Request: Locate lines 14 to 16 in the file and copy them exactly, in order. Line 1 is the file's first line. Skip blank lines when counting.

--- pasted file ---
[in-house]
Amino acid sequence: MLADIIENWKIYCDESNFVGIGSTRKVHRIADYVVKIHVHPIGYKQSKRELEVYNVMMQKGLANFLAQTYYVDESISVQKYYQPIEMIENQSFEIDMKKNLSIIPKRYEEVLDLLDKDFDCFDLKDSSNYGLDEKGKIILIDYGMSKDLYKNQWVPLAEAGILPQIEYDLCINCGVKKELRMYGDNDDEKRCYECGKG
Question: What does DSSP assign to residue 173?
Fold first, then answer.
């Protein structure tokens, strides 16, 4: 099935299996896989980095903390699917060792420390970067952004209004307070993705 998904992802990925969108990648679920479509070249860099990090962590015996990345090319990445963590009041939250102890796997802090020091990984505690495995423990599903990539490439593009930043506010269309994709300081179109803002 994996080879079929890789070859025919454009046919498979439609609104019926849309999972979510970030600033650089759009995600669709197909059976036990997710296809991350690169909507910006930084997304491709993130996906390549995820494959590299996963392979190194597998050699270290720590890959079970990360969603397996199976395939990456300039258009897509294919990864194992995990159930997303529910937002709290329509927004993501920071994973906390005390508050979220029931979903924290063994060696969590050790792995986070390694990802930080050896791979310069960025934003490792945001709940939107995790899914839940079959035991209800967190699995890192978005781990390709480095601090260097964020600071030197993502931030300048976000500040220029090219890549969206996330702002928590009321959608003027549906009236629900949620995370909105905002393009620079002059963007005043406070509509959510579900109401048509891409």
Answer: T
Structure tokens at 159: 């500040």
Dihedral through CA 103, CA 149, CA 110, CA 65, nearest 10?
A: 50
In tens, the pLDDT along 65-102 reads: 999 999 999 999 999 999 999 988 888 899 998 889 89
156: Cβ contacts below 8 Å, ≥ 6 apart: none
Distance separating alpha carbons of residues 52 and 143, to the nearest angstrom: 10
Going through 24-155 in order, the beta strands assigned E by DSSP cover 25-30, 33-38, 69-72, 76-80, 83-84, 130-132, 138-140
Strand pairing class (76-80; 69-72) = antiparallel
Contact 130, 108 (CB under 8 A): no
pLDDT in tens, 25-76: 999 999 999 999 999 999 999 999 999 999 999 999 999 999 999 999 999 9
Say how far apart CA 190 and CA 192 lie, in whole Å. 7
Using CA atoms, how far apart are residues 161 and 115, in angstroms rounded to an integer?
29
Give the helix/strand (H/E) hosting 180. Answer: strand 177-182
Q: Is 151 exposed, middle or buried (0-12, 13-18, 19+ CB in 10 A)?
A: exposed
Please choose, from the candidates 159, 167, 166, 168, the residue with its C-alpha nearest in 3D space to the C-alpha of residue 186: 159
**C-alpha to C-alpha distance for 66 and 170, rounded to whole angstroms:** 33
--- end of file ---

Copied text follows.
Strand pairing class (76-80; 69-72) = antiparallel
Contact 130, 108 (CB under 8 A): no
pLDDT in tens, 25-76: 999 999 999 999 999 999 999 999 999 999 999 999 999 999 999 999 999 9